Clara de Büren was the second daughter of Jean de Büren and Nicola Mossü. She was lady of Signau and Worb and was one of the most famous women of her age. She would marry first Ulrich Rieder and then Louis (Loy) de Diesbach. Louis was lord of Diesbach, and a Bernese Senator. While Clara was important in her own right, she is known mostly today as the mother of Nicolas de Diesbach, Schultheis of Bern and key player in the Burgundian wars that would consume Switzerland in the 15th century.
Nicolas was the richest man in Bern in his day thanks to the family business, a multinational corporation that imported textiles. He was a Knight of the Holy Sepulchre, a great orator, very charismatic and given his political ambitions, rose quickly within the circles of Bernese power.
Nicolas is most well known for his role as an emissary for Louis XI of France in Bern. The following section on Nicolas comes from Capitaine de Vallière's masterwork on the Swiss in foreign service, Honneur et Fidélité. I have translated and interpreted the following section from the original.
Louis XI the Prudent, King of France
Through the use of a number of machiavellian measures Louis XI pushed the Swiss to war on his behalf against the bravest and most powerful Prince in Christendom, Charles the Bold. The King of France had one aim in the middle part of the 15th century: the destruction of the Duchy of Burgundy. To accomplish this goal he would need the military might of the Swiss.
Charles the Bold, Duke of Burgundy by Peter Paul Rubens
The confederates at that time were not at all interested in becoming embroiled in a quarrel between a King and his Vassal, they preferred to stay on good terms with both and remain neutral. To win over those who preferred peace, the King used several close allies, Jodoc de Silinen, of Luzern, Bishop of Grenoble, Guillaume de Diesbach, and especially his cousin Nicolas de Diesbach of Bern, a very talented diplomat. These men would take their mission very seriously, slowly turning public sentiment away from the alliance with Burgundy, all the while handing out French gold as they went. The public, duped by fabricated stories, now felt threatened by the ambitions of Charles the Bold, who was seen as a dangerous enemy with the darkest of intentions. The exodus of Swiss mercenaries in the service of Louis XI and France commenced.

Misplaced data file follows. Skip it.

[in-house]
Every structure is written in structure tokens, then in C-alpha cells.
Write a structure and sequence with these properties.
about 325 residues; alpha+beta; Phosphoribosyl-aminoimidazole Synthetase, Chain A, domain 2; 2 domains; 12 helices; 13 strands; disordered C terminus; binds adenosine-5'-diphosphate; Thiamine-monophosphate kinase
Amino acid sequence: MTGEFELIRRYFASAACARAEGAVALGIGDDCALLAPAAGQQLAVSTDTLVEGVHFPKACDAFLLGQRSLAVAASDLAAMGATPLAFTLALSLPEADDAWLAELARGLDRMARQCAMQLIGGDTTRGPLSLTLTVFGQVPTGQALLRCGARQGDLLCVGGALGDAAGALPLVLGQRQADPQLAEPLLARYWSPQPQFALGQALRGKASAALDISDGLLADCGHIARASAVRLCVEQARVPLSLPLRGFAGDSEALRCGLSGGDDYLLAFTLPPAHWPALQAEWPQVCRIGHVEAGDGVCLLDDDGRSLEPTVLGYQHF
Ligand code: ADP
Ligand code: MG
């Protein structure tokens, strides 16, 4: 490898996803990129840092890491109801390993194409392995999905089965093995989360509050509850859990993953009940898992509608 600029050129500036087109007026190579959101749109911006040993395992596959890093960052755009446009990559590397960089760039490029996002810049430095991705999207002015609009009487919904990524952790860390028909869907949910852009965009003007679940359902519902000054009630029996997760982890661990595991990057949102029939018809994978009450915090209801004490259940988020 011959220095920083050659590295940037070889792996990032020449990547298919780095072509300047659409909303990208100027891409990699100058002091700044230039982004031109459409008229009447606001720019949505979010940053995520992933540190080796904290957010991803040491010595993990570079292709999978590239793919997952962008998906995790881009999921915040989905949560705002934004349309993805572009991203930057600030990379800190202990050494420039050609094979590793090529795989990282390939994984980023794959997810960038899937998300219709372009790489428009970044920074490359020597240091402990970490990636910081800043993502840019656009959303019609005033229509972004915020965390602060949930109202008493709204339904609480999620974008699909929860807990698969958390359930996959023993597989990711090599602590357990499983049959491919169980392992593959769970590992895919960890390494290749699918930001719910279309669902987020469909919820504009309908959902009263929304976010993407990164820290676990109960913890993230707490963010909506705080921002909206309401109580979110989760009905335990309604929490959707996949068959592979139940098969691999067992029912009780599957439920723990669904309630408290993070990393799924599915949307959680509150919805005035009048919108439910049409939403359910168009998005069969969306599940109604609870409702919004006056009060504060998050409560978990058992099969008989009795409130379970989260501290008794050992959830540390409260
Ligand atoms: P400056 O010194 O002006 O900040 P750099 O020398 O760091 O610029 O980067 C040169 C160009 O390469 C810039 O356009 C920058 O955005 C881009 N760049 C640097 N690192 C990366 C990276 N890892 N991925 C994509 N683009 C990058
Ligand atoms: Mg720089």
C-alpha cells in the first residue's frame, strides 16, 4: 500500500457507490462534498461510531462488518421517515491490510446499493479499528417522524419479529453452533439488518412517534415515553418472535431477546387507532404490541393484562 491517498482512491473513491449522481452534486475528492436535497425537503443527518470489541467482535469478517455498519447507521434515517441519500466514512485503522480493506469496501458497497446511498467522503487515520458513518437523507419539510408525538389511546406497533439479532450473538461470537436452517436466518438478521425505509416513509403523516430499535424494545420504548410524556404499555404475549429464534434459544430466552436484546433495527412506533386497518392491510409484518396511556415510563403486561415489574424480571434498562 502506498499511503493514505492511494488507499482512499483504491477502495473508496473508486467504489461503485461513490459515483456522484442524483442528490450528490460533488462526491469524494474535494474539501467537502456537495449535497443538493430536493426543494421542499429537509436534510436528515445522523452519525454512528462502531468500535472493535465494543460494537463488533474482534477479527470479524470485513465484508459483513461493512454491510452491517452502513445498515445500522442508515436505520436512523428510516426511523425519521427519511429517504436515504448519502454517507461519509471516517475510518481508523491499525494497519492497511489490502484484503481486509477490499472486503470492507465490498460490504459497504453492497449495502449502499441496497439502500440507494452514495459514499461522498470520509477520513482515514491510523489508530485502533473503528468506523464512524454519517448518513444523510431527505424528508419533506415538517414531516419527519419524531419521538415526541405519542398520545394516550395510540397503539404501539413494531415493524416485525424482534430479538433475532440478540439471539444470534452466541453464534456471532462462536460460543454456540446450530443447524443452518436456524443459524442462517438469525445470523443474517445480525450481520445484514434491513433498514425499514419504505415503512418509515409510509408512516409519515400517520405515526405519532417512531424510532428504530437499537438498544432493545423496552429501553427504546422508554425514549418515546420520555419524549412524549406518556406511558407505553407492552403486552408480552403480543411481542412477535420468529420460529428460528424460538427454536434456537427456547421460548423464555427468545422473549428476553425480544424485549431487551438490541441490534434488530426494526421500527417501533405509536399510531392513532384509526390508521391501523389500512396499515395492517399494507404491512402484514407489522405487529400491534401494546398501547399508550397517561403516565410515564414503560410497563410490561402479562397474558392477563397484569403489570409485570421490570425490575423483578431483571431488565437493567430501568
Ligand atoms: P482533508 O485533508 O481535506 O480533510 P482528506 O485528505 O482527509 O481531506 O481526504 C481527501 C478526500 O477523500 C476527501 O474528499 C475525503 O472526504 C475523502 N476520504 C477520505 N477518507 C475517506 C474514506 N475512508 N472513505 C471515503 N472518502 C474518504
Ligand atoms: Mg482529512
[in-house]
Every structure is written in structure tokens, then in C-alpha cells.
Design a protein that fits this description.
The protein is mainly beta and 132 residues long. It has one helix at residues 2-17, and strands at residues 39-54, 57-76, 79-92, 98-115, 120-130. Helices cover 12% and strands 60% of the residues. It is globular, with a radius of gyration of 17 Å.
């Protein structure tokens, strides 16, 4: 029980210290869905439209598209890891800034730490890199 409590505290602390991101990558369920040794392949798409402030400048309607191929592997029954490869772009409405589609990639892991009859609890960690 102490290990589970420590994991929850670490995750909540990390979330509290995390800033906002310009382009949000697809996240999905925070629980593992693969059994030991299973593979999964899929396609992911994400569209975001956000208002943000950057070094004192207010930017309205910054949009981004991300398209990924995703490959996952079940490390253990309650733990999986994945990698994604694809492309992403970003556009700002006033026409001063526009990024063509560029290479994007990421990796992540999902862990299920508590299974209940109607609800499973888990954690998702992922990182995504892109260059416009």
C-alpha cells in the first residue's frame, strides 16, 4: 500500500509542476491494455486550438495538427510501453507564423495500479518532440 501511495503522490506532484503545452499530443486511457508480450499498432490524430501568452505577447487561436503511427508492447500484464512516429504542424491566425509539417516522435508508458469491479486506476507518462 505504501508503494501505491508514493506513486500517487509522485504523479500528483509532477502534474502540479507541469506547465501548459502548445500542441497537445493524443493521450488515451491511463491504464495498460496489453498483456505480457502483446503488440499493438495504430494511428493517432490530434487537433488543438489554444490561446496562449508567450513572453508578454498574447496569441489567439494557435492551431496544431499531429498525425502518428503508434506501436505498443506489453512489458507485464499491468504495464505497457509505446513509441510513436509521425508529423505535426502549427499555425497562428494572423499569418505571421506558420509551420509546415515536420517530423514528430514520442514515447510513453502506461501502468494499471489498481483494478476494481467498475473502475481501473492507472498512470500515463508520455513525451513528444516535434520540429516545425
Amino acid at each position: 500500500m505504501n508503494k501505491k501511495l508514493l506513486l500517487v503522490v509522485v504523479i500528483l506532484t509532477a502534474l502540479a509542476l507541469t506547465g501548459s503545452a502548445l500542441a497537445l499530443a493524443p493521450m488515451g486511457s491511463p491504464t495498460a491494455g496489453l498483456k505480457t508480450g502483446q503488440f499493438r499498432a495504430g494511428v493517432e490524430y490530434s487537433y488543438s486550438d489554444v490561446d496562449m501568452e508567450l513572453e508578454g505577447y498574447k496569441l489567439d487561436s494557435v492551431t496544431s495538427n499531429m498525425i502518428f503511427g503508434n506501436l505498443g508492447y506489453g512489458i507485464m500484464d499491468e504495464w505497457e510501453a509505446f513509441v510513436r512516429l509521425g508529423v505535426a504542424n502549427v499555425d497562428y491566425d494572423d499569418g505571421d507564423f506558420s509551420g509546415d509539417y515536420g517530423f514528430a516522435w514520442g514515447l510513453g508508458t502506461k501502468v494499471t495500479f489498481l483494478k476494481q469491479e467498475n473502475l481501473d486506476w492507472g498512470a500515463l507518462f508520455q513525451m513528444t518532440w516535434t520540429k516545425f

1470 marked the first political success of Nicolas de Diesbach and showed his expanding influence. In light of the supposed eminent attack of Charles the Bold, eight Swiss cantons signed a defensive treaty with Louis XI. Four years later at the urging of Nicolas de Diesbach war would be declared against Charles and the Duchy of Burgundy. France and Louis XI would stay out of the fray, happy to have the Swiss fight Charles the Bold for them. The Burgundian Wars would last until 1477 when Charles the Bold died at the battle of Nancy.
Nicolas de Diesbach would die in 1475 of plague at Blamont near the beginning of hostilities with Burgundy. As a result of his death the Swiss lost their most able negotiator and when the war was over in 1477, Louis XI took clear advantage of the situation. History has judged Nicolas severely, most seeing him only as a puppet of Louis XI. If any positives can be drawn from the period is that the war that Nicolas de Diesbach lobbied for and helped bring about would substantiate the Swiss as a fighting force to be reckoned with for years to come.